Do I need to wear a mask to protect myself?
We require everyone to wear a cloth face covering (mask) upon entering all of our clinical locations. If you do not have a mask, one will be provided. All essential visitors will also be required to wear a mask. We also recommend wearing a mask in public settings where other social distancing measures are difficult to maintain (e.g. grocery stores, pharmacies) and especially in areas of significant community spread. In fact, several surrounding communities require that you wear a mask in public. The mask is not a replacement for social distancing (remaining at least six feet from other people) but rather something to use in addition to social distancing and other key preventive measures, such as frequent hand hygiene.

What should I do if I think I have COVID-19 symptoms?
People with COVID-19 infection typically have one or more of the following symptoms: fever, cough, congestion, sore throat, runny nose, shortness of breath, loss or decrease of smell or taste, muscle aches with flu-like symptoms, loss of appetite, chills or shaking chills, headache, diarrhea, nausea or other gastrointestinal symptoms OR had contact with a person confirmed with COVID-19 infection OR had contact with a person under investigation (someone who has been tested for COVID-19 and is awaiting results). If you have any of these symptoms and are over 60 years old or have chronic diseases or your immune system is weak, you may be at higher risk for a severe COVID-19 infection. Not all patients with these symptoms or risk factors need COVID-19 testing. If you feel you have COVID-19 symptoms you should:

  1. Call your physician first but please be patient. There may be some delays due to the number of people calling. 
  2. Contact our community health hotline at 847.432.5849 (847.HEALTH9) and listen to the choices to guide you to the information you are looking for.
  3. If you’re a NorthShoreConnect user, you may schedule an e-visit.

If your symptoms are worsening or you think you need emergency services, call 9-1-1 immediately.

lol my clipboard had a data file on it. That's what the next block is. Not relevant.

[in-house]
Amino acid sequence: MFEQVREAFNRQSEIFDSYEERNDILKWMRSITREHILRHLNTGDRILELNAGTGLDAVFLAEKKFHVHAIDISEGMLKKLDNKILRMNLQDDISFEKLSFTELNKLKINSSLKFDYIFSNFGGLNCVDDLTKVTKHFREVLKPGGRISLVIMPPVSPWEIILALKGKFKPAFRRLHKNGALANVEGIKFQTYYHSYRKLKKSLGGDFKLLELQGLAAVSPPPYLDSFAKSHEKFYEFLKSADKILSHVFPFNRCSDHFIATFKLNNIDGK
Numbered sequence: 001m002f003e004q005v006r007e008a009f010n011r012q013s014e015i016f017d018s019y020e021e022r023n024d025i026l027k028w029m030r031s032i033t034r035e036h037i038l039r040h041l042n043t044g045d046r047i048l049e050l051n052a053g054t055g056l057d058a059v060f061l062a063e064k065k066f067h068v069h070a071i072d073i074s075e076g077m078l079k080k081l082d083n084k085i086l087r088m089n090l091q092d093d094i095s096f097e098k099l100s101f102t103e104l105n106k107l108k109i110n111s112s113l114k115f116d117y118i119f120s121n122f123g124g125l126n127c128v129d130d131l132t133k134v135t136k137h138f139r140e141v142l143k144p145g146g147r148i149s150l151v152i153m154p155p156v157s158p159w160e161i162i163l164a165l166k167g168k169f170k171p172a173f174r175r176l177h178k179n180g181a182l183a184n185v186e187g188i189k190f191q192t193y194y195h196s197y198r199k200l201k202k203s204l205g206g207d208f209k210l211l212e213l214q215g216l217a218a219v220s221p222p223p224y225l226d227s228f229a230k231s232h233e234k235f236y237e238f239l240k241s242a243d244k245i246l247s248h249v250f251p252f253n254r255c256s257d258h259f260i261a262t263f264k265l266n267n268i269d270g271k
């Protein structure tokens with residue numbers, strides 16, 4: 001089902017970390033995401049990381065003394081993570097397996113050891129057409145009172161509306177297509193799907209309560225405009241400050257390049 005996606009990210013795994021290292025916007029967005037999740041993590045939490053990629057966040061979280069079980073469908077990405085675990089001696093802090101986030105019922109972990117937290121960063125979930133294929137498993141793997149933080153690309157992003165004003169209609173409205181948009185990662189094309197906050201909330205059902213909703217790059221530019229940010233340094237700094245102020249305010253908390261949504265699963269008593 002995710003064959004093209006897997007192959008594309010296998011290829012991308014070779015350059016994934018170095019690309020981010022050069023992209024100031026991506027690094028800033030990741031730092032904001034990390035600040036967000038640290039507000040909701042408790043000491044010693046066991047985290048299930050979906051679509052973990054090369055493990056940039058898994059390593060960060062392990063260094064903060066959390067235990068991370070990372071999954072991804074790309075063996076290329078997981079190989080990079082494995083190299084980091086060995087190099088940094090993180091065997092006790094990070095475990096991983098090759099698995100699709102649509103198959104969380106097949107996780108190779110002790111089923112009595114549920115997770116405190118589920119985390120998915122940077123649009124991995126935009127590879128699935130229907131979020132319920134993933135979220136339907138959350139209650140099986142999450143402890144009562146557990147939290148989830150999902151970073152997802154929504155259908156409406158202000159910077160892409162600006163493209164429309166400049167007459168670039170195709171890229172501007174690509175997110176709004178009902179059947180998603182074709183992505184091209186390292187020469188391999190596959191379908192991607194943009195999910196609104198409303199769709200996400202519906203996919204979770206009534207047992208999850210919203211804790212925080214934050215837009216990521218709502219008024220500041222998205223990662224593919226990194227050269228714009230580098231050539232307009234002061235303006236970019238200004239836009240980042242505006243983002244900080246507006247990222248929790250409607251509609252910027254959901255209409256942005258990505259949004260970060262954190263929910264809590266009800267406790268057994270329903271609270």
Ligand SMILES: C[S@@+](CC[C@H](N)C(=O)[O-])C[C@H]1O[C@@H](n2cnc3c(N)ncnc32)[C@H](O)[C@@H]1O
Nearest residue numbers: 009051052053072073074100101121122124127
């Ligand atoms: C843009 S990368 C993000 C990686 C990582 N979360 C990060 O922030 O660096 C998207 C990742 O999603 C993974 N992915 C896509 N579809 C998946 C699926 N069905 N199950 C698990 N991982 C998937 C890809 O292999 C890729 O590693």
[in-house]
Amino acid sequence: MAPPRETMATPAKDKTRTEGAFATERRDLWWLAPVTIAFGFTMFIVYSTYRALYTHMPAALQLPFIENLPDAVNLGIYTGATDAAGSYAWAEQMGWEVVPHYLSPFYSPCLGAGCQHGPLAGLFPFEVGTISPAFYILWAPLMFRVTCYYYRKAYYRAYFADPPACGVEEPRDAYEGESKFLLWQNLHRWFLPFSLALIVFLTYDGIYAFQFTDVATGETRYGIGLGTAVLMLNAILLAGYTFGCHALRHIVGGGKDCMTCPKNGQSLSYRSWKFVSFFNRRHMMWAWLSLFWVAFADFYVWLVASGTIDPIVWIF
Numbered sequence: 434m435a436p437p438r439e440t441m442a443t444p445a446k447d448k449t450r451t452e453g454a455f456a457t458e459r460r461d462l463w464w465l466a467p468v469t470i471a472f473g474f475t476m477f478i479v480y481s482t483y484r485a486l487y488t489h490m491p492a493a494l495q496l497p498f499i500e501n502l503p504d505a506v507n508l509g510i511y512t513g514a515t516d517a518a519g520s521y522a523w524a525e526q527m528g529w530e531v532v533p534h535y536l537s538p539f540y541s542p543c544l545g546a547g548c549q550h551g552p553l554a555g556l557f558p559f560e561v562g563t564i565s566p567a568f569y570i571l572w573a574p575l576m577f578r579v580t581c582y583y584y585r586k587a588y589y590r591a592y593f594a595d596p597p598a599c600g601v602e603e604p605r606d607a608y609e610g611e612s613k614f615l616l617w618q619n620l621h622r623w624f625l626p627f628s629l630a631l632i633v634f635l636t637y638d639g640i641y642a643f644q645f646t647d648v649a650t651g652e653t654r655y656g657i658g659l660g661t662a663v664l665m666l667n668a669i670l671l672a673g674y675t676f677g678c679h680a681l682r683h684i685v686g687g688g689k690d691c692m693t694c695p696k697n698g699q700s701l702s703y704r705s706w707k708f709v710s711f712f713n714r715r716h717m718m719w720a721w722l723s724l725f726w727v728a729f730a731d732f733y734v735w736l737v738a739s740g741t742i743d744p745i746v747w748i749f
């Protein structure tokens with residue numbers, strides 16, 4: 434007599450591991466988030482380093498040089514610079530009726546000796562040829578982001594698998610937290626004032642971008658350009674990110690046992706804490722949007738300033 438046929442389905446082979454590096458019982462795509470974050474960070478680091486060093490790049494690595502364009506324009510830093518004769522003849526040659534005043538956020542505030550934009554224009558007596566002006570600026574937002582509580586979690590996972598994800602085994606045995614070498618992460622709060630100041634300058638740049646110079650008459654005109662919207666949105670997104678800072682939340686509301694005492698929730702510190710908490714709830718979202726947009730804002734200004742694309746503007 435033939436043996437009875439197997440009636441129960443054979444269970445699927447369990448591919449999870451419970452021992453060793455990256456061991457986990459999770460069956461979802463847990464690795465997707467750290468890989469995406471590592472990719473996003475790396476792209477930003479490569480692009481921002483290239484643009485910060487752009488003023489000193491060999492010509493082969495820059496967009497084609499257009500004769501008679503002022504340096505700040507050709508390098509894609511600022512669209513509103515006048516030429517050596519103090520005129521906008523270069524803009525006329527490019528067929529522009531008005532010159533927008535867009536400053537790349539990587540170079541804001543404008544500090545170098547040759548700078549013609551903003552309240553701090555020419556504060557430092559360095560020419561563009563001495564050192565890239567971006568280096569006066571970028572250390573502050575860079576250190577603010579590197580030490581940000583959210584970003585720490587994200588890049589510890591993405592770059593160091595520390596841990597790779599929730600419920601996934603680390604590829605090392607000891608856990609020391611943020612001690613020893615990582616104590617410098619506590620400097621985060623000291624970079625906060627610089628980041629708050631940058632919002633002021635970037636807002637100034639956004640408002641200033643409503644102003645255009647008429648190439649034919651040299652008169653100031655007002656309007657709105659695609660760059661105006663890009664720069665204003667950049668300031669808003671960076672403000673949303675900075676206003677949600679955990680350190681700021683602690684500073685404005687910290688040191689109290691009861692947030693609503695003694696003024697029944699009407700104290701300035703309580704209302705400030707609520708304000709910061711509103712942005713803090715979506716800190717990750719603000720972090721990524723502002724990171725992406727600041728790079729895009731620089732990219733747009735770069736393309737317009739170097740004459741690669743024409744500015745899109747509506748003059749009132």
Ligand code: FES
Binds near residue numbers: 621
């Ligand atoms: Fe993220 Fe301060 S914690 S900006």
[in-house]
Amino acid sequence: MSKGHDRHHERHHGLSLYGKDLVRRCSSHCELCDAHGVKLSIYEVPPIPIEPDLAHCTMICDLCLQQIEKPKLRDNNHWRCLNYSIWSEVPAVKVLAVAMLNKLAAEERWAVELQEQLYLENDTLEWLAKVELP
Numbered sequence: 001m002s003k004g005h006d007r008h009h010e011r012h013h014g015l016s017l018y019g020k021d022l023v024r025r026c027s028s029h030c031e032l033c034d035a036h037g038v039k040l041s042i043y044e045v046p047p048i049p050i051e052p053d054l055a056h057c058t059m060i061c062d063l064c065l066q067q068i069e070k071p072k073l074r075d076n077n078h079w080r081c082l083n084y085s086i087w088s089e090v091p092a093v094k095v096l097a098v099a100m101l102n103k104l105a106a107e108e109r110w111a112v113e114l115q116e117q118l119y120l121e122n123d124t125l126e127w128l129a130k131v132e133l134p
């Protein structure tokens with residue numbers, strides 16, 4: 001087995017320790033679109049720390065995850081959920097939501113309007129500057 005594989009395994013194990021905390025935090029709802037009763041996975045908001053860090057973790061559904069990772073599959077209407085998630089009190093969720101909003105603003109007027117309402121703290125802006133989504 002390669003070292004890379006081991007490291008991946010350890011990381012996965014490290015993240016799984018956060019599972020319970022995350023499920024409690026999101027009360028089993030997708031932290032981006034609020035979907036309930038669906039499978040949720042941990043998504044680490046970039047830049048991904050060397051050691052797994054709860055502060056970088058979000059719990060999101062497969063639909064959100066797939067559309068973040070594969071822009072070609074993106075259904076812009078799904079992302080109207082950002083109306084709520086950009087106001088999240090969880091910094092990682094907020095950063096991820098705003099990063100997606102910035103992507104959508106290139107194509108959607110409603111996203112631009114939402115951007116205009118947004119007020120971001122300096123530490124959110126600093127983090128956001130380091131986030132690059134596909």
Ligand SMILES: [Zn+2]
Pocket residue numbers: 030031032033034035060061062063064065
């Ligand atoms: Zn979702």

Should everyone with symptoms that could be due to COVID-19 be evaluated and tested?
As testing has become more available and there is clear evidence of community-spread, we have expanded our testing capabilities. Symptomatic individuals who are being prioritized for testing include hospitalized or critically ill patients; individuals in congregate living settings that may be part of a potential cluster of COVID-19; outpatients who are involved in frontline COVID-19 response (healthcare workers in hospitals or congregate living settings and public safety workers). If you are otherwise healthy with symptoms of fever or respiratory symptoms, please stay home, practice social distancing and use supportive care. Supportive care includes rest, fluids, using fever-reducing medications, and practicing social distancing. If you have other questions, please call our community health hotline at 847.432.5849 (847.HEALTH9) or schedule an e-visit.

I hear NorthShore has its own COVID-19 test. Can I be tested to see if I have COVID-19?
We are only providing testing to those patients who meet the CDC and IDPH criteria for testing—which is testing appropriate symptomatic individuals (people with symptoms). We are not routinely testing asymptomatic individuals (people with no symptoms).